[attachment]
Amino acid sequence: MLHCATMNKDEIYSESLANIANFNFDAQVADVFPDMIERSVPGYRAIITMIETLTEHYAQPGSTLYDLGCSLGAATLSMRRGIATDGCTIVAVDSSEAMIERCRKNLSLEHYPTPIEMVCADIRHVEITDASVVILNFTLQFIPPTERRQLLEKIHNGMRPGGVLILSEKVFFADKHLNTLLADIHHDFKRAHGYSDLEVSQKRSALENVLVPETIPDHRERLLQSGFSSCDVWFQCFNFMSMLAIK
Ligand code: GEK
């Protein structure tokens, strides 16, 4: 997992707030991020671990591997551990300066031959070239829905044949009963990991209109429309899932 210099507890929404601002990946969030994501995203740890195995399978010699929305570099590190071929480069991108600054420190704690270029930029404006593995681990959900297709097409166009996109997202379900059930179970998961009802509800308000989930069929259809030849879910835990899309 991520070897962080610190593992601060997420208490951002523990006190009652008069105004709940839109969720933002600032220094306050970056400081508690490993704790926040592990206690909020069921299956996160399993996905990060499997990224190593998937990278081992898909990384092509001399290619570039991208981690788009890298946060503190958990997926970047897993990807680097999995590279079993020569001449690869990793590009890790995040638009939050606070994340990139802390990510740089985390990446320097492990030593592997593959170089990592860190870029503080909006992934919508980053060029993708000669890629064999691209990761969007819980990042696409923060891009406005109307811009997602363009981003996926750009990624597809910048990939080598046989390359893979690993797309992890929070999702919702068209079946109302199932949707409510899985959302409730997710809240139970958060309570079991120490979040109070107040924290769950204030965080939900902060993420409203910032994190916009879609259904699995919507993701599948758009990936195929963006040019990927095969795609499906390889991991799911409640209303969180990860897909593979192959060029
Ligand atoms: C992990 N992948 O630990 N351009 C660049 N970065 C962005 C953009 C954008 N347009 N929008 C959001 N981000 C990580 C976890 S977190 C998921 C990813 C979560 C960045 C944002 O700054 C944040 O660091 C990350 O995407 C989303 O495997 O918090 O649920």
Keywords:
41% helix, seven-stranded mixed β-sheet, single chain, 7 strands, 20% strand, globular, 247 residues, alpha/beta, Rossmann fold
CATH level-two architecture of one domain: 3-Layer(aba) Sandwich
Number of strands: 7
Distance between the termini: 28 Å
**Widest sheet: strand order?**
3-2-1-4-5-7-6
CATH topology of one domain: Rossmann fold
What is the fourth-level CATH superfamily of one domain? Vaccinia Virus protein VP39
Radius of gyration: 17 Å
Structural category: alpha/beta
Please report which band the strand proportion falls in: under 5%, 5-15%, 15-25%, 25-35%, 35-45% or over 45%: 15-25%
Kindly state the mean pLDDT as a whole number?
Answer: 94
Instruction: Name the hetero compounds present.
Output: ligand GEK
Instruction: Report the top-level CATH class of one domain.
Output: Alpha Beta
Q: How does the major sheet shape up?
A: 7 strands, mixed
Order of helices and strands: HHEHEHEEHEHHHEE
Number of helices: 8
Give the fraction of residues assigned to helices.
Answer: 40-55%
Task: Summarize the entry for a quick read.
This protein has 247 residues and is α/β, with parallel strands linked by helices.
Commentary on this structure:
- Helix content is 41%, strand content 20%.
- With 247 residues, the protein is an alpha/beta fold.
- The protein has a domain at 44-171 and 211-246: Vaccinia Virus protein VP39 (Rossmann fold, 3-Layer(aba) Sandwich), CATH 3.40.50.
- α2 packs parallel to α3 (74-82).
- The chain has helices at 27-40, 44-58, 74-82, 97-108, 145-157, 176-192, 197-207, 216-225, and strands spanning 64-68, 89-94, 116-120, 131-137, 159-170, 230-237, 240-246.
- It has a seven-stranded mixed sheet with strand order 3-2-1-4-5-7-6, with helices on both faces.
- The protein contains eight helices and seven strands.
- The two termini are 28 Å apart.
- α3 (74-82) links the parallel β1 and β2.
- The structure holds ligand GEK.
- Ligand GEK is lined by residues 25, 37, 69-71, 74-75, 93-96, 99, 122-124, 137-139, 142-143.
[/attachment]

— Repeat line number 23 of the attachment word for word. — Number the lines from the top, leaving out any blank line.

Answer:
Q: How does the major sheet shape up?